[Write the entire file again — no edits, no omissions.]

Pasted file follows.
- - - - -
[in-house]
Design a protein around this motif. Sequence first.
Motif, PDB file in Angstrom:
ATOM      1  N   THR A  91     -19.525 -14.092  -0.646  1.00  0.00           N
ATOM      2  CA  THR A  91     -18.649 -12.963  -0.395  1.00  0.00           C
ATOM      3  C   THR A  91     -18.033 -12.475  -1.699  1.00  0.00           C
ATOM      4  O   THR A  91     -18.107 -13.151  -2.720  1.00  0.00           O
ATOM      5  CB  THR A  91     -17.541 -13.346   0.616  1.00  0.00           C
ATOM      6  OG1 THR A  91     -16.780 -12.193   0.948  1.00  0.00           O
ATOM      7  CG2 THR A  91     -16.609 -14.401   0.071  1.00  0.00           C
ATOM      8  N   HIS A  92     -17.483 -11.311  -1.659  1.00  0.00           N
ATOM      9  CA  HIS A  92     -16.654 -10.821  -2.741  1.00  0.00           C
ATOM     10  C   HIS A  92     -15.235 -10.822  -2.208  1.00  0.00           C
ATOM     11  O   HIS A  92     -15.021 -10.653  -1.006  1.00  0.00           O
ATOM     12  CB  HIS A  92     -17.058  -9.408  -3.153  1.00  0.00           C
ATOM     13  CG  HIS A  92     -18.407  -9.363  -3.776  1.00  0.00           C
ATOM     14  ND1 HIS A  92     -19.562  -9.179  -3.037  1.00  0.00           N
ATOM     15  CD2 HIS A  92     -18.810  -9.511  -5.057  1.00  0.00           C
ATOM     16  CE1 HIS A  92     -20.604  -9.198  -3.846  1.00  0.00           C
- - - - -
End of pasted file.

[in-house]
Design a protein around this motif. Sequence first.
Motif, PDB file in Angstrom:
ATOM      1  N   THR A  91     -19.525 -14.092  -0.646  1.00  0.00           N
ATOM      2  CA  THR A  91     -18.649 -12.963  -0.395  1.00  0.00           C
ATOM      3  C   THR A  91     -18.033 -12.475  -1.699  1.00  0.00           C
ATOM      4  O   THR A  91     -18.107 -13.151  -2.720  1.00  0.00           O
ATOM      5  CB  THR A  91     -17.541 -13.346   0.616  1.00  0.00           C
ATOM      6  OG1 THR A  91     -16.780 -12.193   0.948  1.00  0.00           O
ATOM      7  CG2 THR A  91     -16.609 -14.401   0.071  1.00  0.00           C
ATOM      8  N   HIS A  92     -17.483 -11.311  -1.659  1.00  0.00           N
ATOM      9  CA  HIS A  92     -16.654 -10.821  -2.741  1.00  0.00           C
ATOM     10  C   HIS A  92     -15.235 -10.822  -2.208  1.00  0.00           C
ATOM     11  O   HIS A  92     -15.021 -10.653  -1.006  1.00  0.00           O
ATOM     12  CB  HIS A  92     -17.058  -9.408  -3.153  1.00  0.00           C
ATOM     13  CG  HIS A  92     -18.407  -9.363  -3.776  1.00  0.00           C
ATOM     14  ND1 HIS A  92     -19.562  -9.179  -3.037  1.00  0.00           N
ATOM     15  CD2 HIS A  92     -18.810  -9.511  -5.057  1.00  0.00           C
ATOM     16  CE1 HIS A  92     -20.604  -9.198  -3.846  1.00  0.00           C